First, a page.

BAGHDAD, Iraq – Gunmen wearing Iraqi army uniforms seized an Iranian diplomat as he drove through central Baghdad, officials said Tuesday. Iran said it held the United States responsible for the diplomat's "safety and life."
One Iraqi government official said the Iranian diplomat was detained Sunday by an Iraqi army unit that reports directly to the U.S. military. A military spokesman denied any U.S. troops or Iraqis that report to them were involved.
Iraqis also faced more violence on Tuesday as U.S. and Iraqi forces set up more checkpoints in preparation for a security sweep in Baghdad amid complaints that the operation was moving too slowly.
Prime Minister Nouri al-Maliki acknowledged that preparations for the crackdown were off to a slow start.
"The operations will unite us and we will take action soon, God willing, even though I have the feeling that we have been late and this delay has started to give a negative message," he said in a meeting with military commanders shown on Iraqi state television.
The Iranian government condemned the seizure of Jalal Sharafi, the second secretary at the Iranian Embassy in Baghdad, saying he was seized Sunday by gunmen who "operate under the supervision of the American forces in Iraq," the official Islamic Republic News Agency reported.
"Iran holds American forces in Iraq responsible for the safety and life of the Iranian diplomat," IRNA quoted him as saying.
The incident comes as tensions have been rising between Iran and the United States and the Shiite-led Iraqi government has shown increasing impatience with both sides for letting their disagreements spill over the border, with the U.S. detentions of at least eight Iranians in recent months.
The White House also has authorized U.S. troops in Iraq to kill or capture Iranian agents deemed to be a threat, saying evidence was mounting that Iran is supporting terrorists inside Iraq and is a major supplier of bombs and other weapons used to target U.S. forces. Iran has denied the charges.
The Iranian ambassador to Baghdad, Hassan Kazemi Qomi, said the gunmen used American vehicles and the diplomat's seizure appeared to be "within the framework of U.S. president's order to step up encounters with Iranians" in Iraq, Iranian state television reported.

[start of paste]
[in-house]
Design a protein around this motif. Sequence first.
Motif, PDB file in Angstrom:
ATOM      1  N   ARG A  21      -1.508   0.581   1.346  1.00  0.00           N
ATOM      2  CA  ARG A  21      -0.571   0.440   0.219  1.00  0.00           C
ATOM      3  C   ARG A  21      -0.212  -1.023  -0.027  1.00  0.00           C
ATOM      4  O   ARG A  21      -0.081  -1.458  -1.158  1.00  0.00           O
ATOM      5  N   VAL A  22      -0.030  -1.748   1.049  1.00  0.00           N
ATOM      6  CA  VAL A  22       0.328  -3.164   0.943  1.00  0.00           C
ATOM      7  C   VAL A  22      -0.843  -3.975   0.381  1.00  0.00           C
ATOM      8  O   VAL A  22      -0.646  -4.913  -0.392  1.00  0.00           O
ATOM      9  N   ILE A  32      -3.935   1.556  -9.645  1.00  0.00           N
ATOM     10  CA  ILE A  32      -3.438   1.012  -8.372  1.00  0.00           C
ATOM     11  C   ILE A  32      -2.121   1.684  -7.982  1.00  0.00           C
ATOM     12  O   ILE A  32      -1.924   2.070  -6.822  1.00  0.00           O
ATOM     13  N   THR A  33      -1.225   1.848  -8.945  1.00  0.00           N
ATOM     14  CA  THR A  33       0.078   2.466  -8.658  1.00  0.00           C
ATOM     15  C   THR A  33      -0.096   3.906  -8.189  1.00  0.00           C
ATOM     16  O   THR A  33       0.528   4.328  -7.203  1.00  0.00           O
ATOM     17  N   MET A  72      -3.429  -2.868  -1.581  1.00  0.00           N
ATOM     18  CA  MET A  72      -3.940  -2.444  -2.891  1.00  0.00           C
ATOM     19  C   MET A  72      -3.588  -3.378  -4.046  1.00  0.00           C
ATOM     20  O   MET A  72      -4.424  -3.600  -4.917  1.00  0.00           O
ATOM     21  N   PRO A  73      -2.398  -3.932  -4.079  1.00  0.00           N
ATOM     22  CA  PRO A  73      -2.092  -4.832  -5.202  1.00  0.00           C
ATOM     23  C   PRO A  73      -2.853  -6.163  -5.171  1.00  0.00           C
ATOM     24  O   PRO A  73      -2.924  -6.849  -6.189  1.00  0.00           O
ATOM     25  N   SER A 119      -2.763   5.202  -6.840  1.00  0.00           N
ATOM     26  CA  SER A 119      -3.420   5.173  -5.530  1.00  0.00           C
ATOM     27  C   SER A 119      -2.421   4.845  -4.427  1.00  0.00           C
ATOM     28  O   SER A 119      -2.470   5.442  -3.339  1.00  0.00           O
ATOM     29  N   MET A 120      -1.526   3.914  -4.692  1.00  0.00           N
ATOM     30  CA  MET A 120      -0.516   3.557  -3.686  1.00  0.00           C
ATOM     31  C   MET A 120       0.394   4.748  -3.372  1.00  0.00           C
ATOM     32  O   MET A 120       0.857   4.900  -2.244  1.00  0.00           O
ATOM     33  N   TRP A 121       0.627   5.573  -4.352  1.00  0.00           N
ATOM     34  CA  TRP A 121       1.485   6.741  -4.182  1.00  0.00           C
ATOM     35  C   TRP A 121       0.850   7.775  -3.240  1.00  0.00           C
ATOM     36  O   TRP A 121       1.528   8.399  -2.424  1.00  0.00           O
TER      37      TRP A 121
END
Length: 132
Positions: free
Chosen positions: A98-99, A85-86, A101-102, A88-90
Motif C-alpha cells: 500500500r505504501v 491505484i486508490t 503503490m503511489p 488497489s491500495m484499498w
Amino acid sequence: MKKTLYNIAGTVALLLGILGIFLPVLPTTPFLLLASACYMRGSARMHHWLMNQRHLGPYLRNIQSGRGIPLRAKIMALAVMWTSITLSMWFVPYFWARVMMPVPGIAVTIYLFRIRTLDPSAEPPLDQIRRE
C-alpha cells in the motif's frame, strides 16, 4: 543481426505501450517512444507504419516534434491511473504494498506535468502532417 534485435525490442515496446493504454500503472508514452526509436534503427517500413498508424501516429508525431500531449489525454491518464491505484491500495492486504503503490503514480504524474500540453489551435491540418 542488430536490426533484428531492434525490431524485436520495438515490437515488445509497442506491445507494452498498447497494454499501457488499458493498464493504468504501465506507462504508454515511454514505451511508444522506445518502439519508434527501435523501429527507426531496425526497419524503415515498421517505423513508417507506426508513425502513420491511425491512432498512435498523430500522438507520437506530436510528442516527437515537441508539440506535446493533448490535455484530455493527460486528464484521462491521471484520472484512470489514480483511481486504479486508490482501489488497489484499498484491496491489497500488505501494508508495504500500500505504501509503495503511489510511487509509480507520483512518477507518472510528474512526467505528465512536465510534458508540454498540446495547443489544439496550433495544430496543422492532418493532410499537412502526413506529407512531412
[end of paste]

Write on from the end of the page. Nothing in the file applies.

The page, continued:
He also told state TV that al-Maliki had appointed a team to investigate the fate of the Iranian diplomat.
There were conflicting descriptions of the abduction.
An official with the Iranian Embassy in Baghdad, who spoke on condition of anonymity because he was not authorized to disclose the information, said the diplomat was heading to check on the planned opening of an Iranian bank Sunday in the central Karradah neighborhood when he was seized by men wearing Iraqi army uniforms.
The Iraqi government official, who declined to be identified because of the sensitivity of the information, said the diplomat was seized at 6 p.m. after his vehicle was intercepted by Iraqi commandos who were part of a unit that reports directly to the U.S. The official said some of the Iraqi troops involved in seizing the diplomat were detained after a gunfight with police but they were released Monday.
Two other Iraqi officials said earlier that the diplomat was kidnapped by gunmen in Karradah, which has been hit by several recent bombings, and they expected negotiations to start to secure his release.
Garver, the U.S. military spokesman, said the American military had not found anything to indicate its units were involved.
The U.S. Embassy spokesman said he could not confirm the reports.
"There appear to be conflicting accounts of this alleged incident and we are in the process of trying to determine the facts," the spokesman, Lou Fintor, said.
A U.S. Marine was killed in fighting in the volatile Anbar province on Monday, the military said Tuesday.
At least nine people were killed in bombs and mortar attacks nationwide, including a parked car bomb that exploded in southern Baghdad, killing three civilians and wounding three others, police said.
New checkpoints were set up overnight by Iraqi soldiers and police mainly Shiite southeastern neighborhood of New Baghdad and at the entrances to the Shiite slum of Sadr City, a stronghold of the Mahdi Army militia that has been blamed for much of the sectarian violence in the capital.